Atomic Properties & Physical Properties:

Copper possesses some atomic and physical properties. Physical properties may be defined as changes in the physical state of matter. But atomic properties refer to the change in the periodic properties of the atom. Some of the important physical properties of copper are discussed below;

PHYSICAL PROPERTIESCOPPER (Cu)
1. Phase at STPSolid
2. Melting Point1357 K, 1084 °C, 1984
3. Boiling Point2835 K, 2562 °C, 4643
4. Density8.96 g/cm3
5. Heat of fusion13.26 KJ/mol
6. Heat of Vaporization300.4 KJ/mol
7. Molar heat of capacity24.40 KJ/mol
8. Oxidation State-2, 0, +1, +2, +3, +4
9. Electronegativity1.90 (Pauling Scale)
10. Ionization Energy745.5 KJ/mol
11. Atomic Radius128 pm
12. Van der Waals Radius140 pm
13. Crystal StructureFace centered cubic
14. Magnetic Orderingdiamagnetic
15. Thermal conductivity401 W/(m-K)
Basic properties of copper

Electronic Configuration of copper:

The electronic configuration is the distribution of electrons in the shells and subshells according to their energy levels. The electronic configuration of copper is:

Cu = [Ar] 4d10, 3s1

This electronic configuration has an exception that all electrons should fill according to their energy level. So, electrons remain stable when they first fill in the lower energy orbits. The subshell or shell close to the nucleus has lower energy. So in lower orbit, there is less acceleration due to low energy and the electron feels stable. Also to attain symmetry electrons should fill first in the d orbital and then in the s-orbital due to attain stability and to attain symmetry. For stability, it is also noticeable that a fully filled orbital is more stable than that of a half-filled orbital or partially filled.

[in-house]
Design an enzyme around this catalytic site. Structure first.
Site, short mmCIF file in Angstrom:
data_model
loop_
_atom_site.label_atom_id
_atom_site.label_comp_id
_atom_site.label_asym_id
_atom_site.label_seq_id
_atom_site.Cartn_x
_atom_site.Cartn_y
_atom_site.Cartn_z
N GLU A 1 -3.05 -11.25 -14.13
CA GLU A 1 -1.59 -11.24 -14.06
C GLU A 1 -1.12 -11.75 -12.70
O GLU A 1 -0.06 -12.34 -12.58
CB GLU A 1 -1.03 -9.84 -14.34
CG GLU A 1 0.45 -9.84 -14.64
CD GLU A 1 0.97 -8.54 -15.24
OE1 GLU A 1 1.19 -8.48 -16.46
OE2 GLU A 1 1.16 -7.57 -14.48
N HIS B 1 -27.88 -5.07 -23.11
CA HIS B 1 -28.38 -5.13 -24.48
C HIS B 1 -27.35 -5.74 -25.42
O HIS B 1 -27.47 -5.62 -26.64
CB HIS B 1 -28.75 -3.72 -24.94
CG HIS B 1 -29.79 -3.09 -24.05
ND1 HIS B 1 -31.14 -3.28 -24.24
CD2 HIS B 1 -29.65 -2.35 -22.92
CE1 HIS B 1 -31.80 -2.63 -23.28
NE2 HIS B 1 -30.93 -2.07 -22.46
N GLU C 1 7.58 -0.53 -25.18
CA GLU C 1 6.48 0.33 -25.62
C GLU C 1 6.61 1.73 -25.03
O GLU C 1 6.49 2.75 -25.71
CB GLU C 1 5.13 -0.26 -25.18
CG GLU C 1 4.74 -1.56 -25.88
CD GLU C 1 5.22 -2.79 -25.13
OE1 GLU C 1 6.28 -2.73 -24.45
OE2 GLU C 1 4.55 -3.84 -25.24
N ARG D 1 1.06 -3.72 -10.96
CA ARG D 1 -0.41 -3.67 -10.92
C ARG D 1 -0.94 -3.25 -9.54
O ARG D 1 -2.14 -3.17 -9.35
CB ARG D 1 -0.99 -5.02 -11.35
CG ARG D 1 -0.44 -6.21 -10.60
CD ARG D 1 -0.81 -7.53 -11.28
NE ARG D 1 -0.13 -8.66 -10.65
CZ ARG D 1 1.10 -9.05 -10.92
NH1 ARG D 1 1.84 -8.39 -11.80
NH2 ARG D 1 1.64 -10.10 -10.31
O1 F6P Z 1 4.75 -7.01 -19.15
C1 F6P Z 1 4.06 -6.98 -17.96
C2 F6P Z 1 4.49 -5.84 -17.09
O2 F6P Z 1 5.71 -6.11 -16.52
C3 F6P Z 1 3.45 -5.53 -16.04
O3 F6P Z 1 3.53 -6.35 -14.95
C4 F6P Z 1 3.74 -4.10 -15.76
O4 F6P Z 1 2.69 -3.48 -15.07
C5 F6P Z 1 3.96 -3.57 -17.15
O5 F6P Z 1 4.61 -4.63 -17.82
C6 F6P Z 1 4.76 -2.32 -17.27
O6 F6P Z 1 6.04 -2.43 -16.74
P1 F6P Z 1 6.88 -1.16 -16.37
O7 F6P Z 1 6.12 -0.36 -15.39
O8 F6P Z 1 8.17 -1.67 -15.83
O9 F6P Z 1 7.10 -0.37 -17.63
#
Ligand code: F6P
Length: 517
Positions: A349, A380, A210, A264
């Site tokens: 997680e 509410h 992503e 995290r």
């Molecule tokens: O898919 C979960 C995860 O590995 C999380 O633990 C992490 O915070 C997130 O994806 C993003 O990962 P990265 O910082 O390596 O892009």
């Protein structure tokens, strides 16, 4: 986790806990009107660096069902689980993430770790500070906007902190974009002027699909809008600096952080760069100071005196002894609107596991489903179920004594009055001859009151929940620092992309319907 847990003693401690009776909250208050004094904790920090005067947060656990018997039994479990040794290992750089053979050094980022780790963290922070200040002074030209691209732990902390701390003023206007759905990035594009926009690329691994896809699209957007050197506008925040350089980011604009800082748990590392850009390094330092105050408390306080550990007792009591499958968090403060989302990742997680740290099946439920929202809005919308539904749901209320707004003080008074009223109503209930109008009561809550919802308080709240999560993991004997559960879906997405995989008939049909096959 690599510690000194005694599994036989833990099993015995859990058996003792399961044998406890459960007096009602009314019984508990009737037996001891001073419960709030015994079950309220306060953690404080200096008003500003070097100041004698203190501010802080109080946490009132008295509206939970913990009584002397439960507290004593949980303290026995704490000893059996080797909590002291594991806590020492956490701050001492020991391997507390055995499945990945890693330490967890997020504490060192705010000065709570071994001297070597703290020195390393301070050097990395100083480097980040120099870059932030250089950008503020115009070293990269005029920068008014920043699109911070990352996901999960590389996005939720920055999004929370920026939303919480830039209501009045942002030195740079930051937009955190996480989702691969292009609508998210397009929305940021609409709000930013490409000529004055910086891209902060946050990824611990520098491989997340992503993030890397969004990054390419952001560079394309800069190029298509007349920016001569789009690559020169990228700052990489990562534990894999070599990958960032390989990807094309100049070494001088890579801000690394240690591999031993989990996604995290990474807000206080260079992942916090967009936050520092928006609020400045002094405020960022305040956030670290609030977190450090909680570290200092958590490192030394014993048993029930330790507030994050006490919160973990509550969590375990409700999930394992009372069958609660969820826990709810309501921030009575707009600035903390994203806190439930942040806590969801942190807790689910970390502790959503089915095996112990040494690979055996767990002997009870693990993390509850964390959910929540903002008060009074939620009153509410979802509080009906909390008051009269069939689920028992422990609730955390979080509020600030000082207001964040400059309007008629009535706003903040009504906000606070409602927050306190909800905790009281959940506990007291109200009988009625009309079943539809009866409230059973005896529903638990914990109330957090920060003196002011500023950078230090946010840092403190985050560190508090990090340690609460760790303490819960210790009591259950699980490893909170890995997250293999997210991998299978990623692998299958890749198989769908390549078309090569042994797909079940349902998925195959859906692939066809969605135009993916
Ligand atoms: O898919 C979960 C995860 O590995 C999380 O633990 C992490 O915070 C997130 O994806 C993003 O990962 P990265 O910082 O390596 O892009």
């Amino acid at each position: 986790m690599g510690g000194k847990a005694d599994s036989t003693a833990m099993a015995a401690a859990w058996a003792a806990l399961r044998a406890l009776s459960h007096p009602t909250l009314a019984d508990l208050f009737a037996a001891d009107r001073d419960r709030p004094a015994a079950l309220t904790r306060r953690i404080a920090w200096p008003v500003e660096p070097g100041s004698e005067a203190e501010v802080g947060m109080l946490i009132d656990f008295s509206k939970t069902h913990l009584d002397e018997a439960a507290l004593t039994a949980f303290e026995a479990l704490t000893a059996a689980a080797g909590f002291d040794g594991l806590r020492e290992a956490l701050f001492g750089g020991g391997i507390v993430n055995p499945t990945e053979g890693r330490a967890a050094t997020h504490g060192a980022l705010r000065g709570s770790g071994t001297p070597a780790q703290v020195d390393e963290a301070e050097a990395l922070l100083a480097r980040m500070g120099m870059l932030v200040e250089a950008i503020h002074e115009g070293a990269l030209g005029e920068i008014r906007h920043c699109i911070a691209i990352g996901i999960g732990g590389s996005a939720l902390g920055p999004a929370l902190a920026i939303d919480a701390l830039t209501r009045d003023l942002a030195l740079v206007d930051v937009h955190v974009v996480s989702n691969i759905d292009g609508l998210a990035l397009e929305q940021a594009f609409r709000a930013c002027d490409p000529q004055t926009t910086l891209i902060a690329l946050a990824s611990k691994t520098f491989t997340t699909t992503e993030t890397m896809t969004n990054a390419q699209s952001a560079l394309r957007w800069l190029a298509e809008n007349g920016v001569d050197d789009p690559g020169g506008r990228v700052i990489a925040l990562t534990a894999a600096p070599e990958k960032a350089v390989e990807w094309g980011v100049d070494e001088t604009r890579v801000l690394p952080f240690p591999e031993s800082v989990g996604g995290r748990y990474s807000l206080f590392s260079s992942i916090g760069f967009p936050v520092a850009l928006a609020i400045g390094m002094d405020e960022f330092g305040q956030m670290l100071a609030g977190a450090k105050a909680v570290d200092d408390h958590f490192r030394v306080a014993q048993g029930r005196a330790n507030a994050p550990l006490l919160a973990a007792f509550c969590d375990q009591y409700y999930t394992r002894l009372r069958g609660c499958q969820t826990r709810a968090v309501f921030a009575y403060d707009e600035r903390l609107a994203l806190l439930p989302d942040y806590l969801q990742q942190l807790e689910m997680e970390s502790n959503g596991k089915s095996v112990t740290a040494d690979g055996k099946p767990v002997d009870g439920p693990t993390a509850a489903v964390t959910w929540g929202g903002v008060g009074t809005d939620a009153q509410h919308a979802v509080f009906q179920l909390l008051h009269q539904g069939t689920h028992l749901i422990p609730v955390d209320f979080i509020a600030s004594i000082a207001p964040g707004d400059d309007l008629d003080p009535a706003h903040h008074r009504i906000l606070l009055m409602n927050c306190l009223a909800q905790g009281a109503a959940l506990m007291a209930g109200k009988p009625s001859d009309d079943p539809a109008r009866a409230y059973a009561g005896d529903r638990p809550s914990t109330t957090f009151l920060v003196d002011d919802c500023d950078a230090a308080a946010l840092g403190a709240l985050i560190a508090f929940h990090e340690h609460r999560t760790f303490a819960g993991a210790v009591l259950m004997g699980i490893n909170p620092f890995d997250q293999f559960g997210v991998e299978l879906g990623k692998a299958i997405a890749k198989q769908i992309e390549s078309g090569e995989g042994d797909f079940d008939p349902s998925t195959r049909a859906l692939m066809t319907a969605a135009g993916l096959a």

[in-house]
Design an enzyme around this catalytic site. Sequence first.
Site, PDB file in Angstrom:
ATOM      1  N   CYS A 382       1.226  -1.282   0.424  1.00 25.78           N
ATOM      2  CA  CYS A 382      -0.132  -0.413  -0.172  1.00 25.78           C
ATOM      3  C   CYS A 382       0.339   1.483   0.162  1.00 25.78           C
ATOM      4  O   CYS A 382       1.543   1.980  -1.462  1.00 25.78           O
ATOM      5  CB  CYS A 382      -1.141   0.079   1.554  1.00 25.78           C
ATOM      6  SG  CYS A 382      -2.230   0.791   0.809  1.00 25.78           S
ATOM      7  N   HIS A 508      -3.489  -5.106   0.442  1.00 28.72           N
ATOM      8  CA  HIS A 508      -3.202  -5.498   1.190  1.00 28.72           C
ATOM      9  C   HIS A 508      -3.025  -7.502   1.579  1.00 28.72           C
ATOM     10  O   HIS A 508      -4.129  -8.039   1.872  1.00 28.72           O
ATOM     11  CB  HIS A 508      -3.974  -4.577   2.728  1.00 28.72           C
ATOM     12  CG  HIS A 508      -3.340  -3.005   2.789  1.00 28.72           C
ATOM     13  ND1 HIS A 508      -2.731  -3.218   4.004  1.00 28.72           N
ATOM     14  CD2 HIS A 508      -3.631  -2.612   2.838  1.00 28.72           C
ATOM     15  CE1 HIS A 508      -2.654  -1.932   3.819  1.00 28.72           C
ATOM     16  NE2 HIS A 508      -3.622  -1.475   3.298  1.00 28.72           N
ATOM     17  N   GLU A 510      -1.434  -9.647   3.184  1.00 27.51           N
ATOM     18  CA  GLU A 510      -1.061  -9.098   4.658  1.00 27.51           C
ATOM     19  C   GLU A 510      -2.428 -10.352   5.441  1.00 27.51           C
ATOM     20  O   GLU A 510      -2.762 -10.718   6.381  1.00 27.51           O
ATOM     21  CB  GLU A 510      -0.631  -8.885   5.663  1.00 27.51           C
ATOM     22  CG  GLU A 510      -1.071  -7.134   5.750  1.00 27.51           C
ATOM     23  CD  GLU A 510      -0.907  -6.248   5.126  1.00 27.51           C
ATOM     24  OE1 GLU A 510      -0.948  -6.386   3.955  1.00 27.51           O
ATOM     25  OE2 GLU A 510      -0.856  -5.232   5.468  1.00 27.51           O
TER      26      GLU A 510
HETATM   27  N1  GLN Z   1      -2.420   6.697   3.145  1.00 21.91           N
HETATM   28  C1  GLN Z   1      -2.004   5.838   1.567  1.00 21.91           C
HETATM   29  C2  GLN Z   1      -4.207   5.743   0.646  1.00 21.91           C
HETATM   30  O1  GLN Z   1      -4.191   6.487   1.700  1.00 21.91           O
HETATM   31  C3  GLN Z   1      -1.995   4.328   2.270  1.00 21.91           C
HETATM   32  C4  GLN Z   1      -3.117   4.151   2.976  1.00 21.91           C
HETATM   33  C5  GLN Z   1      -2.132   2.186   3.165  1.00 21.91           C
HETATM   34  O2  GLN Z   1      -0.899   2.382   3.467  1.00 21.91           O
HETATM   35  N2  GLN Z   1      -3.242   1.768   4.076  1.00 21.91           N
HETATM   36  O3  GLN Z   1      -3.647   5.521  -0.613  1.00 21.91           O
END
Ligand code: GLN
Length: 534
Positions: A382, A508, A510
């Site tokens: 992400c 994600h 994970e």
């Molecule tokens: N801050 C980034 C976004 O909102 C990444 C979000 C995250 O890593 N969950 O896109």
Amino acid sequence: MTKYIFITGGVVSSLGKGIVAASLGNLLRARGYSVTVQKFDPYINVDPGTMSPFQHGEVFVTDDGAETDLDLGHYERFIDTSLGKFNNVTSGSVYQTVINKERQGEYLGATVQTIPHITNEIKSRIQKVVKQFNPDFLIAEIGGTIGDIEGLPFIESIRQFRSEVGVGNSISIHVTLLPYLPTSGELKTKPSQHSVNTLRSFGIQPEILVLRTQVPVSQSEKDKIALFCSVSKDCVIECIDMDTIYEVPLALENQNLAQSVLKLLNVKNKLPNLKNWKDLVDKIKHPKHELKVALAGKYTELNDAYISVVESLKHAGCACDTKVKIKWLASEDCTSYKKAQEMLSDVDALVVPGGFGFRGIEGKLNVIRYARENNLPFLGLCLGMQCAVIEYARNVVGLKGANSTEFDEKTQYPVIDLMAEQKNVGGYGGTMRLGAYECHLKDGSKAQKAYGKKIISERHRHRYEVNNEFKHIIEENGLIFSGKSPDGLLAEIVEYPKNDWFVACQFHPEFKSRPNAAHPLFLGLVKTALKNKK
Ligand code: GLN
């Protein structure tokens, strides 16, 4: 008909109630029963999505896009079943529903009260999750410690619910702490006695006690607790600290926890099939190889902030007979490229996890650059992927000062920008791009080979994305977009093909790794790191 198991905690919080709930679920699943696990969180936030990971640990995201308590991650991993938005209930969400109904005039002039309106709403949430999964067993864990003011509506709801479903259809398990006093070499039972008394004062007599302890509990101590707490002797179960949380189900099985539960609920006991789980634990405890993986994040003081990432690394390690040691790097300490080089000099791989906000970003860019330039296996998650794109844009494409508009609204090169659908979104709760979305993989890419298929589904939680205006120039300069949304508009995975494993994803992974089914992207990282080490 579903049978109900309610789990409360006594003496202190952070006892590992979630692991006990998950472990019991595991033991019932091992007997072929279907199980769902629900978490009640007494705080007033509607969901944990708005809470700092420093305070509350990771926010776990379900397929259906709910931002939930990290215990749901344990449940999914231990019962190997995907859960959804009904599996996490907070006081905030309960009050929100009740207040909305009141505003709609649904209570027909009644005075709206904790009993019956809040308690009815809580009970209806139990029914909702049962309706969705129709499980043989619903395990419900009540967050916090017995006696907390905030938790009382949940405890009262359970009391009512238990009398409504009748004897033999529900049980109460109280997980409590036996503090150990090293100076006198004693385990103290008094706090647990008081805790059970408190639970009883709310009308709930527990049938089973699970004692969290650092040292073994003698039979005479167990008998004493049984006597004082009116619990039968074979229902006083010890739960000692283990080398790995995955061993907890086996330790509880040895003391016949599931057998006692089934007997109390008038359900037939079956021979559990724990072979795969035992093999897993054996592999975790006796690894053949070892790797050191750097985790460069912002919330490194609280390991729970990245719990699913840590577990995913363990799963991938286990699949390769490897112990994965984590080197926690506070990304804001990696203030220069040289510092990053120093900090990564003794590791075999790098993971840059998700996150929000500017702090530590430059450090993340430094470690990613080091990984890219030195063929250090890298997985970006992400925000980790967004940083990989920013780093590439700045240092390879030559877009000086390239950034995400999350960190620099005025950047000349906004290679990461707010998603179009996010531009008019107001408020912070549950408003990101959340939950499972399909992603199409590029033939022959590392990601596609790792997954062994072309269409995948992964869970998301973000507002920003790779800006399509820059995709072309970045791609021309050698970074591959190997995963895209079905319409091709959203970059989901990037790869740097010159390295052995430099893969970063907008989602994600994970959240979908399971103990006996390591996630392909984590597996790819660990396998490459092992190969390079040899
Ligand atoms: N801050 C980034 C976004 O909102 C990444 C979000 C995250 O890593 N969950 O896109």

If we talk about the trends of copper in groups and periods then:

  • The Atomic Size of copper is small because of a strong force of attraction between the nucleus and outermost shell.
  • Ionization energy value increases. Because of its small size, it is difficult to withdraw an electron from the outermost shell due to the strong force of attraction between the nucleus and electrons.
  • Electron affinity increases. An increase in ionization energy causes an increase in the value of electron affinity because due to the strong force of attraction and small atomic size it is difficult to insert an electron in the outermost shell.
  • Electronegativity increases. By the above two reasons, it is concluded that its ability to attract shared pair of electrons increases.
  • Also shielding effect increases but the effective nuclear charge decreases.

Chemical Reactivity & Reactions:

Copper does not react with water. All metals in the periodic table are listed according to their chemical reactivity. For example Sodium, it is too reactive, so it explodes in water. Some like gold, silver, etc appear to be unchanged because they all are less reactive or unreactive. Copper is low in reactivity that’s why low reactivity is linked with malleability which makes it ideal for conduction. Due to their less reactiveness, these are used in architecture, to save corroded statues, and also in the patination (It is the covering of patina on the surface of the metal, statues, etc) process. It reacts slowly with the atmospheric oxygen to form a brown-black copper oxide layer which prevents rusting and corrosion.

Copper
Figure: Chart showing reactivity of metals as well as copper